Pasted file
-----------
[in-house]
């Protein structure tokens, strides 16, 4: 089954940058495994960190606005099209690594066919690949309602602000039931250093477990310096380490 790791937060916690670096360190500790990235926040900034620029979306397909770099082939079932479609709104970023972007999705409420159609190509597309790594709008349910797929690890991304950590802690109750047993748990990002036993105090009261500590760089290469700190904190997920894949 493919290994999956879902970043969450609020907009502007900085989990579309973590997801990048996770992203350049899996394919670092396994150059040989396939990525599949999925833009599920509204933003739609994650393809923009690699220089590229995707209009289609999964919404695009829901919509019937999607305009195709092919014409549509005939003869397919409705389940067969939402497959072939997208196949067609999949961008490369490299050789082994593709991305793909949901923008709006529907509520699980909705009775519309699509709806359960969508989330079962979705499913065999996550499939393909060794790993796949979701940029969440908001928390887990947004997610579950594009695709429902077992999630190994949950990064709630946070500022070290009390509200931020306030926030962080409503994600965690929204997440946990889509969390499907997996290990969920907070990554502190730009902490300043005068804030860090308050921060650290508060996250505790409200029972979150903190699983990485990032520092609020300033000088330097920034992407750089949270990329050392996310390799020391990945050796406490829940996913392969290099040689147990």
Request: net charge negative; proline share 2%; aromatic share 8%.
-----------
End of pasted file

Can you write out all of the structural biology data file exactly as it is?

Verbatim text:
[in-house]
């Protein structure tokens, strides 16, 4: 089954940058495994960190606005099209690594066919690949309602602000039931250093477990310096380490 790791937060916690670096360190500790990235926040900034620029979306397909770099082939079932479609709104970023972007999705409420159609190509597309790594709008349910797929690890991304950590802690109750047993748990990002036993105090009261500590760089290469700190904190997920894949 493919290994999956879902970043969450609020907009502007900085989990579309973590997801990048996770992203350049899996394919670092396994150059040989396939990525599949999925833009599920509204933003739609994650393809923009690699220089590229995707209009289609999964919404695009829901919509019937999607305009195709092919014409549509005939003869397919409705389940067969939402497959072939997208196949067609999949961008490369490299050789082994593709991305793909949901923008709006529907509520699980909705009775519309699509709806359960969508989330079962979705499913065999996550499939393909060794790993796949979701940029969440908001928390887990947004997610579950594009695709429902077992999630190994949950990064709630946070500022070290009390509200931020306030926030962080409503994600965690929204997440946990889509969390499907997996290990969920907070990554502190730009902490300043005068804030860090308050921060650290508060996250505790409200029972979150903190699983990485990032520092609020300033000088330097920034992407750089949270990329050392996310390799020391990945050796406490829940996913392969290099040689147990």
Request: net charge negative; proline share 2%; aromatic share 8%.